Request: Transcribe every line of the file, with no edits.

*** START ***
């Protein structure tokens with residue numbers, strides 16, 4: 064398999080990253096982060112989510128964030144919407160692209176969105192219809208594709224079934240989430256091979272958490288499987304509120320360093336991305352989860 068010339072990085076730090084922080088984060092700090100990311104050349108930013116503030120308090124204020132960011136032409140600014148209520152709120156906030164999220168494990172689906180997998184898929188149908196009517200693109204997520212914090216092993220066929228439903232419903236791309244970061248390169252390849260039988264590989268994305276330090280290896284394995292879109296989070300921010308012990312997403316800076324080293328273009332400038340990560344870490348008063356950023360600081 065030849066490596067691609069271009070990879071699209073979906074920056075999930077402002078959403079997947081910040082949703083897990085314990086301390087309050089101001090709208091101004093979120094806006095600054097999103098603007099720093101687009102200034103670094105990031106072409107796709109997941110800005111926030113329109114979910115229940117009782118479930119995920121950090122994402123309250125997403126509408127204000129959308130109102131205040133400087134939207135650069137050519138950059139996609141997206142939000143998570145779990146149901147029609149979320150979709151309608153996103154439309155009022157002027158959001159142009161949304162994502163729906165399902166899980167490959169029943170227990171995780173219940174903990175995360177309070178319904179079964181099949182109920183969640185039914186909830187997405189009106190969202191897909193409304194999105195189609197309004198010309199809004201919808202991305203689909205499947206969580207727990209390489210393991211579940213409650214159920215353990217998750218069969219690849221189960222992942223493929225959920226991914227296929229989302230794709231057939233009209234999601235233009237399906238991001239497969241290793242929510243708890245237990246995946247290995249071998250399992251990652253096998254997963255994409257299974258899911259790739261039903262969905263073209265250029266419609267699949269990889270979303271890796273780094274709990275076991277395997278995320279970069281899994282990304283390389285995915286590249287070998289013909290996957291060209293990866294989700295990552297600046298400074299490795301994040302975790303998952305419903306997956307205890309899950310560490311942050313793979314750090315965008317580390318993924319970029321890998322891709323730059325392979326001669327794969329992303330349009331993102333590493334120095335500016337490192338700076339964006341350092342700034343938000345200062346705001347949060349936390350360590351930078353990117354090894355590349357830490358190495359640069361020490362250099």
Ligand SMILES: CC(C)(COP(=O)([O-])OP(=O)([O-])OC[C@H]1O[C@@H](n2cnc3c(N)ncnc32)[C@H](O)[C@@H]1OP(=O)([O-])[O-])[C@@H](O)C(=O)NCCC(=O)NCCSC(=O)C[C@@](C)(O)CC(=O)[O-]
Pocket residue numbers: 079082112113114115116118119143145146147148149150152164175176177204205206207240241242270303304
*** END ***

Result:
């Protein structure tokens with residue numbers, strides 16, 4: 064398999080990253096982060112989510128964030144919407160692209176969105192219809208594709224079934240989430256091979272958490288499987304509120320360093336991305352989860 068010339072990085076730090084922080088984060092700090100990311104050349108930013116503030120308090124204020132960011136032409140600014148209520152709120156906030164999220168494990172689906180997998184898929188149908196009517200693109204997520212914090216092993220066929228439903232419903236791309244970061248390169252390849260039988264590989268994305276330090280290896284394995292879109296989070300921010308012990312997403316800076324080293328273009332400038340990560344870490348008063356950023360600081 065030849066490596067691609069271009070990879071699209073979906074920056075999930077402002078959403079997947081910040082949703083897990085314990086301390087309050089101001090709208091101004093979120094806006095600054097999103098603007099720093101687009102200034103670094105990031106072409107796709109997941110800005111926030113329109114979910115229940117009782118479930119995920121950090122994402123309250125997403126509408127204000129959308130109102131205040133400087134939207135650069137050519138950059139996609141997206142939000143998570145779990146149901147029609149979320150979709151309608153996103154439309155009022157002027158959001159142009161949304162994502163729906165399902166899980167490959169029943170227990171995780173219940174903990175995360177309070178319904179079964181099949182109920183969640185039914186909830187997405189009106190969202191897909193409304194999105195189609197309004198010309199809004201919808202991305203689909205499947206969580207727990209390489210393991211579940213409650214159920215353990217998750218069969219690849221189960222992942223493929225959920226991914227296929229989302230794709231057939233009209234999601235233009237399906238991001239497969241290793242929510243708890245237990246995946247290995249071998250399992251990652253096998254997963255994409257299974258899911259790739261039903262969905263073209265250029266419609267699949269990889270979303271890796273780094274709990275076991277395997278995320279970069281899994282990304283390389285995915286590249287070998289013909290996957291060209293990866294989700295990552297600046298400074299490795301994040302975790303998952305419903306997956307205890309899950310560490311942050313793979314750090315965008317580390318993924319970029321890998322891709323730059325392979326001669327794969329992303330349009331993102333590493334120095335500016337490192338700076339964006341350092342700034343938000345200062346705001347949060349936390350360590351930078353990117354090894355590349357830490358190495359640069361020490362250099």
Ligand SMILES: CC(C)(COP(=O)([O-])OP(=O)([O-])OC[C@H]1O[C@@H](n2cnc3c(N)ncnc32)[C@H](O)[C@@H]1OP(=O)([O-])[O-])[C@@H](O)C(=O)NCCC(=O)NCCSC(=O)C[C@@](C)(O)CC(=O)[O-]
Pocket residue numbers: 079082112113114115116118119143145146147148149150152164175176177204205206207240241242270303304